I don't know what the mortar layers will squish down to. My brain already hurts.

Now onto the main floor. which needs to match the height of the membrane'd shower pan. Can anyone suggest what combination of CBU or ply, mortar, and Ditra heat mat will get me there? I can certainly use thinner ply under the shower pan. I don't have the mortar or Ditra heat thickness spec's.

Any and all feedback is most appreciated!
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Old 03-10-2018, 08:30 AM   #18
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Is it safe to assume.....

.....that mortar applied with, say, a 1/4 X 1/4 square notch trowel will smooch down to 1/8"? And 1/8 X 1/8 will reduce to 1/16? 1/2 X 1/2 down to 1/4?

Am trying to work through the numbers from the post above. I found that Ditra Heat mat is 1/4" thick and they want it installed with a 1/4 X 1/4 square notch trowel (which seems like a lot for a sheet product).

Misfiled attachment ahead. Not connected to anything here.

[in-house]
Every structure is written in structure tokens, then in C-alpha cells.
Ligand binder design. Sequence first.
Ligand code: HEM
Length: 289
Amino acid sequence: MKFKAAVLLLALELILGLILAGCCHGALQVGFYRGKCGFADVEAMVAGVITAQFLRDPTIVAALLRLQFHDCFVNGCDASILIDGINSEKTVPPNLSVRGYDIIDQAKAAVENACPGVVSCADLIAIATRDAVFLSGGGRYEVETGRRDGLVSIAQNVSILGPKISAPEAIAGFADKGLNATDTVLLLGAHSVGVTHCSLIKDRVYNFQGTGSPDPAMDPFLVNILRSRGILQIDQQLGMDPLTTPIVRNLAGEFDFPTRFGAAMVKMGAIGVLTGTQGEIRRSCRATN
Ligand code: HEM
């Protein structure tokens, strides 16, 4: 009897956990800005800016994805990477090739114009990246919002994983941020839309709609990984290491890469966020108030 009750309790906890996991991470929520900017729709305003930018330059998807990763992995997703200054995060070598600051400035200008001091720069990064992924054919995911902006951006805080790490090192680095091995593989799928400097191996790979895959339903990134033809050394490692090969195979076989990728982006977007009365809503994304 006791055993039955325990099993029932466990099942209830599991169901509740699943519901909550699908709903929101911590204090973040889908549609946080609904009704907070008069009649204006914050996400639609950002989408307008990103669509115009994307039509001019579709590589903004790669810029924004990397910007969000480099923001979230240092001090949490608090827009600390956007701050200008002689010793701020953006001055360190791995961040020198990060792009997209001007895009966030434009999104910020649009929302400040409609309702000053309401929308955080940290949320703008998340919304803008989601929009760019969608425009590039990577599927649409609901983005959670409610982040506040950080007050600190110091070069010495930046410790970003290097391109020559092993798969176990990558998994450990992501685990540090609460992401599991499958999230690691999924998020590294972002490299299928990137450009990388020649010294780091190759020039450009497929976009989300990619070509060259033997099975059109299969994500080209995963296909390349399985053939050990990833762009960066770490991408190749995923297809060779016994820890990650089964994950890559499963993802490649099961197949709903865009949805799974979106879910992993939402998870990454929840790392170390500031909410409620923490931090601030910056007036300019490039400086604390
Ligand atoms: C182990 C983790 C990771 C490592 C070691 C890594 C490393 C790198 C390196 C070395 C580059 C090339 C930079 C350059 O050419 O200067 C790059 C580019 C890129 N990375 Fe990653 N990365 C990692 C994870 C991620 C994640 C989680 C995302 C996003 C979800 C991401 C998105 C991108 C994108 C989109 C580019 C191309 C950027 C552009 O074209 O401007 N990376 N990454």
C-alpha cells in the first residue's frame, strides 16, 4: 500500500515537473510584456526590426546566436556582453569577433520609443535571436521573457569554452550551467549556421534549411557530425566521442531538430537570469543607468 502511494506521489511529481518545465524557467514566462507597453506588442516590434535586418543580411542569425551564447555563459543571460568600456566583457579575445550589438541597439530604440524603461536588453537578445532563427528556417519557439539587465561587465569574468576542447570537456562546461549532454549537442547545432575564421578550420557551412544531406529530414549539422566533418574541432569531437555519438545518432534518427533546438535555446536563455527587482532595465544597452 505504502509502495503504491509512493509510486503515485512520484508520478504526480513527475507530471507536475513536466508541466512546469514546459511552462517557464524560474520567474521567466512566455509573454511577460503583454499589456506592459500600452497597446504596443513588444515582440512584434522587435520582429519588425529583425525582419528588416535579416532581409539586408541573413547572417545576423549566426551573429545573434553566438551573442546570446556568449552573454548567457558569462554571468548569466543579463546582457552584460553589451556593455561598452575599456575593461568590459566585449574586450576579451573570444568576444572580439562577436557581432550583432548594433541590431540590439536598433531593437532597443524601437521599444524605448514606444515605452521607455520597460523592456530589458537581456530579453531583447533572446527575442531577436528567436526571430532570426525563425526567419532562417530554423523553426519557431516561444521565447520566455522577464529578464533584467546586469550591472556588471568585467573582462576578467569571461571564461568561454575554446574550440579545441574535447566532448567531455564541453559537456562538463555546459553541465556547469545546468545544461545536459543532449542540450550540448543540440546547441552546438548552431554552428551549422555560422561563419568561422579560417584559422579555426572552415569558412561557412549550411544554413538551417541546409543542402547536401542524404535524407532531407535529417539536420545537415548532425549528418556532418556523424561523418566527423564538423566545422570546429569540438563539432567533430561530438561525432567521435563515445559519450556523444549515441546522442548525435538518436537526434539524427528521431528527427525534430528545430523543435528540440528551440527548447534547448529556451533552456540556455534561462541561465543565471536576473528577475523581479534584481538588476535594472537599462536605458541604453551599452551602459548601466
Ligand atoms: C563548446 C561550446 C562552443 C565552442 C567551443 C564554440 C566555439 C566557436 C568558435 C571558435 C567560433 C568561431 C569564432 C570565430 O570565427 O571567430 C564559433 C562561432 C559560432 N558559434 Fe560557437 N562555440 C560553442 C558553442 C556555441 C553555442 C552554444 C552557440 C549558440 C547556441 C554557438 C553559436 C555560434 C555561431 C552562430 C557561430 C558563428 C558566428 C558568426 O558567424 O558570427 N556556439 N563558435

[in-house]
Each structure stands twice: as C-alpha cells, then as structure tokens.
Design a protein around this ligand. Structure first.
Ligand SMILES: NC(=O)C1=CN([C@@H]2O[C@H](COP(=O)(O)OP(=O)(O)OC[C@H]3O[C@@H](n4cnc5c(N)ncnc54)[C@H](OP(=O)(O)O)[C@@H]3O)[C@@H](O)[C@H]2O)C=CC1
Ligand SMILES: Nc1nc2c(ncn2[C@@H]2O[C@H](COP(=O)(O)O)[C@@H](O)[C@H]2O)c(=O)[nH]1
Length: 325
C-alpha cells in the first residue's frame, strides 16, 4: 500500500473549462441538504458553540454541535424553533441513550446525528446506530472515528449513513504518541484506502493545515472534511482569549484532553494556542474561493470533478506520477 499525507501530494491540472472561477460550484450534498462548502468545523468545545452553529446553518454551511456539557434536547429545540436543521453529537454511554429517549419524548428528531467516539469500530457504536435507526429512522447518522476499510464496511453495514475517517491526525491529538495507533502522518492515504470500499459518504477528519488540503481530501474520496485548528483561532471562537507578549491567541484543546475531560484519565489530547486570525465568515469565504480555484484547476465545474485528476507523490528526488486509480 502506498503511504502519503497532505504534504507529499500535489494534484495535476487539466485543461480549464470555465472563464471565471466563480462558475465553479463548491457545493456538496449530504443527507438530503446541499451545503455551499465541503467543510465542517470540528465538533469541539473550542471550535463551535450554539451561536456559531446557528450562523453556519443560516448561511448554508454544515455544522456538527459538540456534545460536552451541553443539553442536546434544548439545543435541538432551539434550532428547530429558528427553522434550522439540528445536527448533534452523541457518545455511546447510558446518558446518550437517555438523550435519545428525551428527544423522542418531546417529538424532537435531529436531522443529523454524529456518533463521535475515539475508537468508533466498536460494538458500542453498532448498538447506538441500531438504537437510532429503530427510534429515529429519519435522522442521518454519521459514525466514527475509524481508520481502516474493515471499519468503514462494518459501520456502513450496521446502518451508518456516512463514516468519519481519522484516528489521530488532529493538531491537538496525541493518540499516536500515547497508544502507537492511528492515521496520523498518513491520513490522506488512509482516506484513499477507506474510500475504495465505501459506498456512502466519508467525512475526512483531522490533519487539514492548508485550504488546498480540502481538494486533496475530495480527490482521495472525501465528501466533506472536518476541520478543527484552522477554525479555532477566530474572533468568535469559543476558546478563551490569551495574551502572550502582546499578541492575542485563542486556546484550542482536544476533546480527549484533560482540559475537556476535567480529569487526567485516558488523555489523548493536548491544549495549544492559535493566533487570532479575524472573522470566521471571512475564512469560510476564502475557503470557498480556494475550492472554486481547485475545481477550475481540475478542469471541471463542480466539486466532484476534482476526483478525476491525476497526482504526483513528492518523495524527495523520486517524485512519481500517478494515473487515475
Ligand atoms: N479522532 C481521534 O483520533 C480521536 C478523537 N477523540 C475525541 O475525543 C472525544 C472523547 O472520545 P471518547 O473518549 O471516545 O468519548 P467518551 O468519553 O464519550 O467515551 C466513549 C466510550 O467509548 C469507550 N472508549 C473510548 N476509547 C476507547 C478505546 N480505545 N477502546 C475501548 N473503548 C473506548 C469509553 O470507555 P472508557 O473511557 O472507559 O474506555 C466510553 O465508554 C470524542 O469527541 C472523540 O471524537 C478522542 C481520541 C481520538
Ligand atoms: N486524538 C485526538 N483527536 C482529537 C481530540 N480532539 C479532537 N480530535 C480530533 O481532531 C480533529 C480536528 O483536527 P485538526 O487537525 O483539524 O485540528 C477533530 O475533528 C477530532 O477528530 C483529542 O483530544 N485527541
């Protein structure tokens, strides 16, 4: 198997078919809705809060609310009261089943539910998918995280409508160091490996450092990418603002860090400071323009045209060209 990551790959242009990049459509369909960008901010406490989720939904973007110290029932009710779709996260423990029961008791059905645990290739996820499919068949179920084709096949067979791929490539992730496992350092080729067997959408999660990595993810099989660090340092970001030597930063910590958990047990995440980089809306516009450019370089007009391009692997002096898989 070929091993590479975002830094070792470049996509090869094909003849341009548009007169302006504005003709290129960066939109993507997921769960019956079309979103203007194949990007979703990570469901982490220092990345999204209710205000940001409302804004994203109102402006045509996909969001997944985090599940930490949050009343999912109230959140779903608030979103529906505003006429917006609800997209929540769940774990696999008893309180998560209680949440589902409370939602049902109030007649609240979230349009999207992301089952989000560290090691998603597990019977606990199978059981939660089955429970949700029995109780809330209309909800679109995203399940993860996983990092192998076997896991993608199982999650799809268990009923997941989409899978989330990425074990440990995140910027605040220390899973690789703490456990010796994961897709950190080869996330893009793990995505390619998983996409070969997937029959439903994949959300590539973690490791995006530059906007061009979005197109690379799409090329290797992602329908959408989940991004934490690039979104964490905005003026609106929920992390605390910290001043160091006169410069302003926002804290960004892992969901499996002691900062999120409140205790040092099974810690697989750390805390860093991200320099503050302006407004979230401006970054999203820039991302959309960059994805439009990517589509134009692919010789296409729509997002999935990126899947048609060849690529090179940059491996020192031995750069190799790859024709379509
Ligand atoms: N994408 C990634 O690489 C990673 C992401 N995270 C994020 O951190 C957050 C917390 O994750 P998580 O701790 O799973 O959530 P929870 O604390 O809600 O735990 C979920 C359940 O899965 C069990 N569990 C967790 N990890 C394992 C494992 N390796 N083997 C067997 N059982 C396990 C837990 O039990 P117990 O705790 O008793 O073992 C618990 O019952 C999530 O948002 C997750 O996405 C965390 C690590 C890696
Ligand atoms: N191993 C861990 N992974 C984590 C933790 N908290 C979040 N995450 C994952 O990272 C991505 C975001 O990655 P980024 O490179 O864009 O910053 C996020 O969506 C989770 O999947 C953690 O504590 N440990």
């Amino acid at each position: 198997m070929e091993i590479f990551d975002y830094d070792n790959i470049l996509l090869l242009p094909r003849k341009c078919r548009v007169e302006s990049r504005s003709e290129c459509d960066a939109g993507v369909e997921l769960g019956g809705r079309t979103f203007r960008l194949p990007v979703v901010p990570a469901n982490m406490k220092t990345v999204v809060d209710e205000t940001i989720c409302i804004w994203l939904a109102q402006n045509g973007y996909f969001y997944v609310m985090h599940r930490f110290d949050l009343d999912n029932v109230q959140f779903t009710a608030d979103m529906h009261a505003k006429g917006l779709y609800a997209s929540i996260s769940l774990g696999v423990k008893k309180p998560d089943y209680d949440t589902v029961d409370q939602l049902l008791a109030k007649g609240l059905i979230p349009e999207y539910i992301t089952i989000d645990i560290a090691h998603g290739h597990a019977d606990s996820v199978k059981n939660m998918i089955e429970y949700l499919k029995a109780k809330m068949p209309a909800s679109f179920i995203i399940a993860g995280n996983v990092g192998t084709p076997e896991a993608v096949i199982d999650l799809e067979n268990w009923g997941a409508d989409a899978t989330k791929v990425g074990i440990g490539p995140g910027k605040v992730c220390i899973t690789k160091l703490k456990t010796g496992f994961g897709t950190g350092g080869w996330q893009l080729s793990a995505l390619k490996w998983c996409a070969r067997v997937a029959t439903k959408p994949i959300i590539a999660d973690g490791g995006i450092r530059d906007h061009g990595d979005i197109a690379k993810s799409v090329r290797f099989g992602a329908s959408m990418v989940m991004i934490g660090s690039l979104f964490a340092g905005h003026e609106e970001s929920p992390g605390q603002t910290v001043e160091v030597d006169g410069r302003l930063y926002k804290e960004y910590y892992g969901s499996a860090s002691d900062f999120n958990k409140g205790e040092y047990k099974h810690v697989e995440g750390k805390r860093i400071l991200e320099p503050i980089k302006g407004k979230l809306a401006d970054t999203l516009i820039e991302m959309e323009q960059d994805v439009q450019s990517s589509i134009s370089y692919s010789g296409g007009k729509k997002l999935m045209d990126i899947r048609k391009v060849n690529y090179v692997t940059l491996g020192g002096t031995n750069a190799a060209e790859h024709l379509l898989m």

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Old 03-10-2018, 09:35 AM   #19
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No, that would only be true if you held your trowel perpendicular to the substrate. You need to multiple the result by the sine of the angle at which you hold your trowel. For a 45 degree angle, it would a multiplier of 0.707.

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Old 03-10-2018, 10:40 AM   #20
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Thanks for chiming in Wayne. I did think about the application angle after I posted but I wasn't sure if trowels were made to account for the usual 45* angle.

Sounds like I need to subtract about 1/3rd ish.
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Old 03-10-2018, 11:32 AM   #21